Purveyors and manufacturers of luxury goods trying to ‘protect’ their products from resale via online platforms such as Amazon and eBay can take heart from a recent ruling.
The case concerned global beauty company Coty’s German subsidiary, Coty Germany, and the German retailer Parfümerie Akzente, which had been selling Coty’s goods via Amazon against Coty’s wishes.
The case was referred to the Court of Justice of the European Union (CJEU) to assess whether banning online sales through third-party sites restricted competition. The court held that as the agreement between the firms related entirely to luxury goods, Coty was entitled to restrain Parfümerie Akzente from selling its products via Amazon, as this would be detrimental to the luxury image such selective distribution networks sought to create and protect. However, it ruled that the prohibition must be applied in a uniform and non-discriminatory manner that is proportionate to the objective and not go beyond what is necessary.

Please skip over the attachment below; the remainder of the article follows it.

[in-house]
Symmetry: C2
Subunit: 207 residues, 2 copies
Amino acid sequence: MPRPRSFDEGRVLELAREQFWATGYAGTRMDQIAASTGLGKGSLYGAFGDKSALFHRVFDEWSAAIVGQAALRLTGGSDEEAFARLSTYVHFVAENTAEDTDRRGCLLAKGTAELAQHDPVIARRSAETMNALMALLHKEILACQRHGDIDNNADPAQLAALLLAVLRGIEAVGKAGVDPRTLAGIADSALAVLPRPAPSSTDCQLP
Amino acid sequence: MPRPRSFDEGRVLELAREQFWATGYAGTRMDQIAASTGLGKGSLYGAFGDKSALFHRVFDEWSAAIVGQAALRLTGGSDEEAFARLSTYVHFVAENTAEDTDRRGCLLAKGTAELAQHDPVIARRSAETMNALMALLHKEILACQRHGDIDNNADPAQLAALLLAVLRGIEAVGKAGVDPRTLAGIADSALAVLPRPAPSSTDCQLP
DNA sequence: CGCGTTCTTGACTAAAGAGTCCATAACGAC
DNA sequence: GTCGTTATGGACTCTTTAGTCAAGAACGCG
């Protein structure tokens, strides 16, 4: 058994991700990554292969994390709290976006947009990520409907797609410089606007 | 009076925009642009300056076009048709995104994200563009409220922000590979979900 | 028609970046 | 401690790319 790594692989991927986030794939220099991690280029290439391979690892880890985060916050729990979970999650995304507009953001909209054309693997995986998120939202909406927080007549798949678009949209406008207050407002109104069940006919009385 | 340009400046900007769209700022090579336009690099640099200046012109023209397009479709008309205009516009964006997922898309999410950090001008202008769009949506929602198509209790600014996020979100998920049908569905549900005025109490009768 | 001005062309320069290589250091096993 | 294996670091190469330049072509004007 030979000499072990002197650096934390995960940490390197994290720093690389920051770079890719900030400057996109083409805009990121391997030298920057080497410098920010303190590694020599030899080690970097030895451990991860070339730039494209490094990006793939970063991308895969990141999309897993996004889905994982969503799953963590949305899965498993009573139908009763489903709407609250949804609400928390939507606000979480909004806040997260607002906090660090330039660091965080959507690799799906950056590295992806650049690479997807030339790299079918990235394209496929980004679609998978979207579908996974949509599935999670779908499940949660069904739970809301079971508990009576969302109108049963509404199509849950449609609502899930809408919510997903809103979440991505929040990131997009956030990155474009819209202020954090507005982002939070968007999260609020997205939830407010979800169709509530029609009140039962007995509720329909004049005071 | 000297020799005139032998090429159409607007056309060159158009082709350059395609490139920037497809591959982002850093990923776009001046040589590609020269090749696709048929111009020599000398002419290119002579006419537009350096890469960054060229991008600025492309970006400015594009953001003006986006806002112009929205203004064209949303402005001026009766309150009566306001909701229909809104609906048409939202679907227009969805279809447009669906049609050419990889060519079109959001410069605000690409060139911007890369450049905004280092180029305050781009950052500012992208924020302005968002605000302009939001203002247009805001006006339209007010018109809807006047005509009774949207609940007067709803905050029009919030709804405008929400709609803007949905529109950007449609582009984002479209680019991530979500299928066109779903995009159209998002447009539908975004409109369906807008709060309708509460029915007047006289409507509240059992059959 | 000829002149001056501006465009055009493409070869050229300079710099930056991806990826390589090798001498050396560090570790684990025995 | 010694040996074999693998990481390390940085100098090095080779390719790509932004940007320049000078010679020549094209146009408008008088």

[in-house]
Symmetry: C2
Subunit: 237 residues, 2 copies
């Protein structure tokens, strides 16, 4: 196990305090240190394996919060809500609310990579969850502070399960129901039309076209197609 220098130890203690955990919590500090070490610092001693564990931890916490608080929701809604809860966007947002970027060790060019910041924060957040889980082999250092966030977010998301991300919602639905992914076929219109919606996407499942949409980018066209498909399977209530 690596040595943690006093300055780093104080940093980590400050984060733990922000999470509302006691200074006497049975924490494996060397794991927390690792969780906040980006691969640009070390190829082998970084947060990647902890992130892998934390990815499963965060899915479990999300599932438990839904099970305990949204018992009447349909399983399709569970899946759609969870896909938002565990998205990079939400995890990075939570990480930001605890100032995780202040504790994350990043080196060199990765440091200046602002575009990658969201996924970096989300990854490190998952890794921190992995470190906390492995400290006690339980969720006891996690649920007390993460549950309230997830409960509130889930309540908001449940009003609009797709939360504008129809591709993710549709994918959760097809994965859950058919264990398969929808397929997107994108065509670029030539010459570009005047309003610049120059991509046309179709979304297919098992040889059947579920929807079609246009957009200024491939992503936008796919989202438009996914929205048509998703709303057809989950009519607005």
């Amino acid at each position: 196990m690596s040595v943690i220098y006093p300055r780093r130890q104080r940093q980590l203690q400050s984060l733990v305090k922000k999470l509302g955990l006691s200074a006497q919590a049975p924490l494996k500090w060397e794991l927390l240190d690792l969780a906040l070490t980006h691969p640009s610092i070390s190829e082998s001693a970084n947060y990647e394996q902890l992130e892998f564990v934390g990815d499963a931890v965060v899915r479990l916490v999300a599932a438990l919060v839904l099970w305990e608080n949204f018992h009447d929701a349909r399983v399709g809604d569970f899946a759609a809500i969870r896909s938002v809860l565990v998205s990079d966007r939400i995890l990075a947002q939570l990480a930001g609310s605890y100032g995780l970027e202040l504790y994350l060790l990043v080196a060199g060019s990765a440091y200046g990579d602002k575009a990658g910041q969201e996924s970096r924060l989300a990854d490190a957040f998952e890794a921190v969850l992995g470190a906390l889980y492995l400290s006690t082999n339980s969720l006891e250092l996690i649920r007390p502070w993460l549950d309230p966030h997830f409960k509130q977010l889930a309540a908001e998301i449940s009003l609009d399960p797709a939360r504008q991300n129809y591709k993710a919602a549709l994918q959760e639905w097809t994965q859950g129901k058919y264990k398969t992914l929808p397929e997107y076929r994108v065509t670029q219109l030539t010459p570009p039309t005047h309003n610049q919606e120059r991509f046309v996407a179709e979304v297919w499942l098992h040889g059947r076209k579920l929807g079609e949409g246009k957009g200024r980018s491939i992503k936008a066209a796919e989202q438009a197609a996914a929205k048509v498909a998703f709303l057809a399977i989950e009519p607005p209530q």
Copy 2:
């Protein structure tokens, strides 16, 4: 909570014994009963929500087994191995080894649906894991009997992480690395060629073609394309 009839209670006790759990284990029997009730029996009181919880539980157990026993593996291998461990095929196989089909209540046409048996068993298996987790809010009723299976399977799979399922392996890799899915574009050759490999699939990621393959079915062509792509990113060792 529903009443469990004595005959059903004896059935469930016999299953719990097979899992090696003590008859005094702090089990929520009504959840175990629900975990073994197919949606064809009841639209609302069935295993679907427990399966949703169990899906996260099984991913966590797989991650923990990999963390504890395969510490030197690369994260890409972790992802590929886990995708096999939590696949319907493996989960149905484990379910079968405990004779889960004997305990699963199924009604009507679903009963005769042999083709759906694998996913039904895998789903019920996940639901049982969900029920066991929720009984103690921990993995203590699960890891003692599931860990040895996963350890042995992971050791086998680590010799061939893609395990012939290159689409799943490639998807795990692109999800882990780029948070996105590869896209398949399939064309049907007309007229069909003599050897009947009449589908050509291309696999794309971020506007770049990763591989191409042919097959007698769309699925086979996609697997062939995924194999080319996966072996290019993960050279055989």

Luxury-brand owners have long fought to protect what they see as their exclusivity and branding. In recent years this has meant trying to stop retailers selling their products via online platforms such as Amazon and eBay. This latest judgment suggests that the courts will not view such bans as anti-competitive where they involve luxury goods within selective distribution networks.
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